Few things give me as much pleasure with wine as constantly looking beyond my own nose. This can be new grape varieties, grape varieties that I actually do not like to drink, wine styles that I have neglected or disliked and, of course, new growing regions for me. And Croatia as a wine country is completely off my radar, although viticulture here has a long tradition dating back to before Roman times. And we’re killing two birds with one stone, since I feel the same way about the Babić grape variety. But this is the rule rather than the exception with autochthonous grape varieties, and Babić is exactly such a variety. Today’s wine comes from Dalmatia in the south of Croatia, which most people think of as a vacation region rather than a wine-growing region. The vineyards are located here on the Adriatic coast under the influence of the Mediterranean Sea on very stony and meager soils. Vinas Mora, founded only in 2020, is a cooperative winery whose members cultivate vines very elaborately right here. The vines stand as bush vines in very small plots between dry stone walls. Since rain is basically scarce here from spring to fall, the vines have to root deeply to get water. At the same time, of course, this makes the fight against moisture-loving molds much easier. Normally, my wallet and I are friends of starting the journey of discovery from the bottom of the range, but today we do it the other way around and I reached for the top shelf with the Kaamen III. The vines for the wine are partly over 100 years old and are processed completely by hand. After a maceration period of a few days, a good half of the wine is aged in used wooden barrels, the rest in innert carbon fiber tanks. Bottling is then done without filtering or fining with a bit of sulfur added.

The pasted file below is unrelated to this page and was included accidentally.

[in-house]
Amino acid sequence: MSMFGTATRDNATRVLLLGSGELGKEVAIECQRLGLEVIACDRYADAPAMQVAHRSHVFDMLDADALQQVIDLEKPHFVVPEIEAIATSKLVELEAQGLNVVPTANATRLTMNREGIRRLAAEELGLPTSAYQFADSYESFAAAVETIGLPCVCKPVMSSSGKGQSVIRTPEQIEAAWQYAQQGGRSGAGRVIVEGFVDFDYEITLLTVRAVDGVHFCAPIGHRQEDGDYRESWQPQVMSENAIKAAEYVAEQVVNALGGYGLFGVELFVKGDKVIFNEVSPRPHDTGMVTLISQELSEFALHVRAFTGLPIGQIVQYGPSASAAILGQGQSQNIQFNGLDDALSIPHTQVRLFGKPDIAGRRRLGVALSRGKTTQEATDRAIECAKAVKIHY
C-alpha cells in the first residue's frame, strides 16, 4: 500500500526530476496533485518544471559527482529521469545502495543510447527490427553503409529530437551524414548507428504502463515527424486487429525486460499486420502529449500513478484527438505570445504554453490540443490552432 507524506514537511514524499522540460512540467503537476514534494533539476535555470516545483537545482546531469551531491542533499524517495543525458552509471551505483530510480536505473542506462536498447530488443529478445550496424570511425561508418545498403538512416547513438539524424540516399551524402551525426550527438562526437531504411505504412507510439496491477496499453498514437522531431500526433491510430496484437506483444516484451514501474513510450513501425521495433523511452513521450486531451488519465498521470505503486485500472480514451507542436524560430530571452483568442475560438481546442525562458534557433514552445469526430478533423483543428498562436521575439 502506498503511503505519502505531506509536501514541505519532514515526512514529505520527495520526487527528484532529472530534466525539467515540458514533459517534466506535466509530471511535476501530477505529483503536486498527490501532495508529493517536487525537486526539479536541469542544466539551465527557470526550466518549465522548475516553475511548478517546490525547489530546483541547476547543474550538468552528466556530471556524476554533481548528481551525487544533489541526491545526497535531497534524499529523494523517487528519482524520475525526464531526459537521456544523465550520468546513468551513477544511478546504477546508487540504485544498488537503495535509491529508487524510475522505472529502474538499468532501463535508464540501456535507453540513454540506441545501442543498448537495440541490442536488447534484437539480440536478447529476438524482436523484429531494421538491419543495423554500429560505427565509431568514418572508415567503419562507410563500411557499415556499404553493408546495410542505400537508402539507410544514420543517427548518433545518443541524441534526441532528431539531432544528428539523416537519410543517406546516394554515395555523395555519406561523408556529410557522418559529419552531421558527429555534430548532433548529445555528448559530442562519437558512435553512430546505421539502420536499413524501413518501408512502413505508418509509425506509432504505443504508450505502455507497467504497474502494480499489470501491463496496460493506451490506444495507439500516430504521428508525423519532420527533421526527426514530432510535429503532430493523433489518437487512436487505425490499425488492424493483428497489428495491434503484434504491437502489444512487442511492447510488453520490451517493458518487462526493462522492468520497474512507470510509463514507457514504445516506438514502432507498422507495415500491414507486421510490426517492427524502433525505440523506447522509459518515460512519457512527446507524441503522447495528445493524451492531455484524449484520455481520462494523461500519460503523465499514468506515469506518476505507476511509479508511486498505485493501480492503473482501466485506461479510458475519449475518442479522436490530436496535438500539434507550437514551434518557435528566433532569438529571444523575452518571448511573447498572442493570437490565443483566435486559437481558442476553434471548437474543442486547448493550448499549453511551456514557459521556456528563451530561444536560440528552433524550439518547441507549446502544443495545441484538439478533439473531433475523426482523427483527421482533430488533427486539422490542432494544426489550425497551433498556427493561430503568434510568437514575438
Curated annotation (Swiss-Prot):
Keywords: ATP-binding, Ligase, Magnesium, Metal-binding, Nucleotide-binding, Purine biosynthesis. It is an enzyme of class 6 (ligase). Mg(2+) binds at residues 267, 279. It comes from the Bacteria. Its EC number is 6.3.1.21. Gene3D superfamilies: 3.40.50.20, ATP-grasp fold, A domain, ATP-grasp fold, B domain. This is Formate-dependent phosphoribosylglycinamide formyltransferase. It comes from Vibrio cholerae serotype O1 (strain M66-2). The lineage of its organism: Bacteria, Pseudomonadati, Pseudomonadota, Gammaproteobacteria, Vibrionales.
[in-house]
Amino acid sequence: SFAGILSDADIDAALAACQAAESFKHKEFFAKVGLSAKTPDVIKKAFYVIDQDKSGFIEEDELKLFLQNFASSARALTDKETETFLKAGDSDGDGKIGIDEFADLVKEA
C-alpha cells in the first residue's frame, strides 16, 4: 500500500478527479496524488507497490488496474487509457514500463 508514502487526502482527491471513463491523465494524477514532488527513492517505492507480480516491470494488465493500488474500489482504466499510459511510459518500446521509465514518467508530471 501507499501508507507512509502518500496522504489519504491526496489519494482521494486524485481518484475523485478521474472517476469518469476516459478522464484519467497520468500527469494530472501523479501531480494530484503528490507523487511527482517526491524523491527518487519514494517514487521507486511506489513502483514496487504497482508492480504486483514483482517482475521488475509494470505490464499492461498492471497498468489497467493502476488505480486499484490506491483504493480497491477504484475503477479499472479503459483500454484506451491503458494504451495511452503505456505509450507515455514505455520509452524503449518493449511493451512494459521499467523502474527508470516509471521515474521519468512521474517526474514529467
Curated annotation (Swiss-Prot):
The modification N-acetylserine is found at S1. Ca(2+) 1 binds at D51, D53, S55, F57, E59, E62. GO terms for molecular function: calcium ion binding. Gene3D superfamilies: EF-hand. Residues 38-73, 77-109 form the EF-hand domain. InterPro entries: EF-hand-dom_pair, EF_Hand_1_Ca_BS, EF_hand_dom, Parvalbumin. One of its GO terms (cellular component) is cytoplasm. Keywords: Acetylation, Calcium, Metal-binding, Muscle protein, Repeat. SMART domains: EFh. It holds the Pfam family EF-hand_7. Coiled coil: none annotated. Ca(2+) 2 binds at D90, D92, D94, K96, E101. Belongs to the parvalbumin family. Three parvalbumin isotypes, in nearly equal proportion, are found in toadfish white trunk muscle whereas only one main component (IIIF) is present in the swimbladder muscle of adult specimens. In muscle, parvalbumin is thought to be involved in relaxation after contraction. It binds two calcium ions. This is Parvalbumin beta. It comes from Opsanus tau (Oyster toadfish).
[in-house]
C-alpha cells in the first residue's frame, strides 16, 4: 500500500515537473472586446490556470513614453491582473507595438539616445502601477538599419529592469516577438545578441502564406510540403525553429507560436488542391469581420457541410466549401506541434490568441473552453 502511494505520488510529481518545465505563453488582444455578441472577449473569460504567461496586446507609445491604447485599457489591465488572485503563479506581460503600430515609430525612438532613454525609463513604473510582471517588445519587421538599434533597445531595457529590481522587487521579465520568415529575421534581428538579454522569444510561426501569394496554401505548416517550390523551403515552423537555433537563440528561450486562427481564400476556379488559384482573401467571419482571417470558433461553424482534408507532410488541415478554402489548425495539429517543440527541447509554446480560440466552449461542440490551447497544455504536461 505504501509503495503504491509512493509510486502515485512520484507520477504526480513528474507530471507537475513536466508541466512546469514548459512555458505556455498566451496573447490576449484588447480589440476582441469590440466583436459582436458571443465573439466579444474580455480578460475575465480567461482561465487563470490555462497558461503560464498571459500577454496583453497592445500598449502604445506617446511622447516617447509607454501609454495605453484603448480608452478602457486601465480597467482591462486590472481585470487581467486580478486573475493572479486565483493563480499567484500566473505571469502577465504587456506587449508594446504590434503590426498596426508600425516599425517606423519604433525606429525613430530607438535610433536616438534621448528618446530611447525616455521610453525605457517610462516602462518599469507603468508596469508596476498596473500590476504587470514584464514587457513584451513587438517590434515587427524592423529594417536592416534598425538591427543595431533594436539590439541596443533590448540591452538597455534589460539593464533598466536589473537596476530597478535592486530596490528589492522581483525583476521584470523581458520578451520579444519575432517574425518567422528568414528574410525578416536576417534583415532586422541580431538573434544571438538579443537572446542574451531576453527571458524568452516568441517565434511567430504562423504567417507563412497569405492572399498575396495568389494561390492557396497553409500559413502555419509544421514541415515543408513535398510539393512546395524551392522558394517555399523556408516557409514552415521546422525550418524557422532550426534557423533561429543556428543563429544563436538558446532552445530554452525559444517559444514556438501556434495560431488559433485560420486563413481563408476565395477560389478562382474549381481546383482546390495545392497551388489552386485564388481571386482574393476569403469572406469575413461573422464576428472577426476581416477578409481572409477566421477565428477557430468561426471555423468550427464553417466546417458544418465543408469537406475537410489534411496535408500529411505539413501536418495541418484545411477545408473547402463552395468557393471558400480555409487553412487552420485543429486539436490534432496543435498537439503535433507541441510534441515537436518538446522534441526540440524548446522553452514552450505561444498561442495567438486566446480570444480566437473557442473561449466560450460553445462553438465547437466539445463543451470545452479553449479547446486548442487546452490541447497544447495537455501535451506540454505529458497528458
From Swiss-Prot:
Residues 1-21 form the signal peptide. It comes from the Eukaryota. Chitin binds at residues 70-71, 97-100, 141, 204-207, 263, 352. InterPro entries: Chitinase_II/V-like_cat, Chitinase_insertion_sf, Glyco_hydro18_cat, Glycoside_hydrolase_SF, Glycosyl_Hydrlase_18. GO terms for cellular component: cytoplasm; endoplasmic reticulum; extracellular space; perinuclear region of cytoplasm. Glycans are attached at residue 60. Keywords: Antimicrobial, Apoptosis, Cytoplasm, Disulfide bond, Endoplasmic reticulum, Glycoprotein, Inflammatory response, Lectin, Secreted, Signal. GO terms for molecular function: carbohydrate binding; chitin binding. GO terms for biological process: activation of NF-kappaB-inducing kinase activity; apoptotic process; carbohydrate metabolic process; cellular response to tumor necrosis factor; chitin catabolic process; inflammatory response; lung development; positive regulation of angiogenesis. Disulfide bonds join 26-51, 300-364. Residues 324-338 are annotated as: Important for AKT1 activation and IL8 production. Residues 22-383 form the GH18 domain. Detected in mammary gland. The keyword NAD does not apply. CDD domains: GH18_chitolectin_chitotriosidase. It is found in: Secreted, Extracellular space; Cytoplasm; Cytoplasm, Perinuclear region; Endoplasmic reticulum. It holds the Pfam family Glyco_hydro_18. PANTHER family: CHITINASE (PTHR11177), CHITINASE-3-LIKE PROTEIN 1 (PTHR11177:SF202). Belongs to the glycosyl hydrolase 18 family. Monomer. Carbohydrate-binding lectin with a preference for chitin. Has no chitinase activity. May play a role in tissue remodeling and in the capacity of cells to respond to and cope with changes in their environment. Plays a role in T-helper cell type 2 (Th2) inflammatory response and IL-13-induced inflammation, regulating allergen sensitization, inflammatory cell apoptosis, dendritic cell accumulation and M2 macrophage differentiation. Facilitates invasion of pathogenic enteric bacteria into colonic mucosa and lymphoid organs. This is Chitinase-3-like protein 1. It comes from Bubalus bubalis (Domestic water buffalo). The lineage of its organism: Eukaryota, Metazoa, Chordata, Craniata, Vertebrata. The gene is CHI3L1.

The wine starts off scrubby on the nose and scratchy in a pleasant way. It reminds me a bit of Cabernet Franc in the way how it feels in the nose. Then slowly more and more fruit comes in, there’s blackberry, blueberry, cassis and a few herbs. The wild and unadjusted always remains there, along with a portion of stone. This is super exciting and except for the to me fitting comparison to red wine from the Loire region in how it feels, I have a hard time finding something to compare it to in my memory. On the tongue the wine really packs a punch, the tannin scratches a bit from the inside of the cheeks but then is picked up and released by so much juiciness that I’m not even sure if you should wait until time has rounded out the tannins. Because as it is right now, this is way too good not to drink.
Overnight, it all becomes even more complex. There is a bit of strawberry and lactic added. Almost a bit in the direction of kimchi, further the dark berries, cola fruit gum and a bit of smoke. The tannin has softened considerably while retaining a bit of scratchiness. This has power and you can feel it on the tongue and cheeks and you either have to go for it and embrace that feeling or try it with more air and alternatively more time in the cellar. I like this a lot. That rustic elegance, what you would call quaint in old pubs, that charm and challenge that the wine gives you with each sip only to juicily say again that Everything will be fine. That’s pretty good. And yes, just under 50 euros is quite a lot of money for a bottle of wine and then also from a super new winery from Croatia. I have not yet tasted the levels below, so I can not say how these beat in comparison, but I have also never had the feeling over the two days that that would now be too expensive for what I have here in the glass.